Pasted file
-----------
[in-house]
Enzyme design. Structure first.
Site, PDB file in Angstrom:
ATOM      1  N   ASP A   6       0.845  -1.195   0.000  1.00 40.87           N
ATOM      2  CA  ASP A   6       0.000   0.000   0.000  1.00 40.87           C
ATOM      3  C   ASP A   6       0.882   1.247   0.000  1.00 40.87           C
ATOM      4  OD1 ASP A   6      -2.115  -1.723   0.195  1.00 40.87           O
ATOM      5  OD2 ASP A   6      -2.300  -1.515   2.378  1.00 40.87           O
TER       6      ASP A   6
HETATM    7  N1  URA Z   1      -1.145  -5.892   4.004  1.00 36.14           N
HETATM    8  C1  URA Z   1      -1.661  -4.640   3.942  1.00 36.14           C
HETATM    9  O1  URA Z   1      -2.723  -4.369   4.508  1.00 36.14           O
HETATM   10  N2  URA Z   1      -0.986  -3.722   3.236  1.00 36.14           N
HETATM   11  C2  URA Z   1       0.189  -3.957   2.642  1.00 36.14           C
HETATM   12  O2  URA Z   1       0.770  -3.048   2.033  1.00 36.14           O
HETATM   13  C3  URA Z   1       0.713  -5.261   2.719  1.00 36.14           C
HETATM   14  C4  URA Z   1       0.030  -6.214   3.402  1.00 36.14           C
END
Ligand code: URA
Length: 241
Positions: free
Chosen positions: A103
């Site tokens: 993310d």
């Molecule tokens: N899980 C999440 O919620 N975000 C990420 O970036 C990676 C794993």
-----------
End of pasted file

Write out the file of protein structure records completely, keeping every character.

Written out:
[in-house]
Enzyme design. Structure first.
Site, PDB file in Angstrom:
ATOM      1  N   ASP A   6       0.845  -1.195   0.000  1.00 40.87           N
ATOM      2  CA  ASP A   6       0.000   0.000   0.000  1.00 40.87           C
ATOM      3  C   ASP A   6       0.882   1.247   0.000  1.00 40.87           C
ATOM      4  OD1 ASP A   6      -2.115  -1.723   0.195  1.00 40.87           O
ATOM      5  OD2 ASP A   6      -2.300  -1.515   2.378  1.00 40.87           O
TER       6      ASP A   6
HETATM    7  N1  URA Z   1      -1.145  -5.892   4.004  1.00 36.14           N
HETATM    8  C1  URA Z   1      -1.661  -4.640   3.942  1.00 36.14           C
HETATM    9  O1  URA Z   1      -2.723  -4.369   4.508  1.00 36.14           O
HETATM   10  N2  URA Z   1      -0.986  -3.722   3.236  1.00 36.14           N
HETATM   11  C2  URA Z   1       0.189  -3.957   2.642  1.00 36.14           C
HETATM   12  O2  URA Z   1       0.770  -3.048   2.033  1.00 36.14           O
HETATM   13  C3  URA Z   1       0.713  -5.261   2.719  1.00 36.14           C
HETATM   14  C4  URA Z   1       0.030  -6.214   3.402  1.00 36.14           C
END
Ligand code: URA
Length: 241
Positions: free
Chosen positions: A103
């Site tokens: 993310d």
């Molecule tokens: N899980 C999440 O919620 N975000 C990420 O970036 C990676 C794993």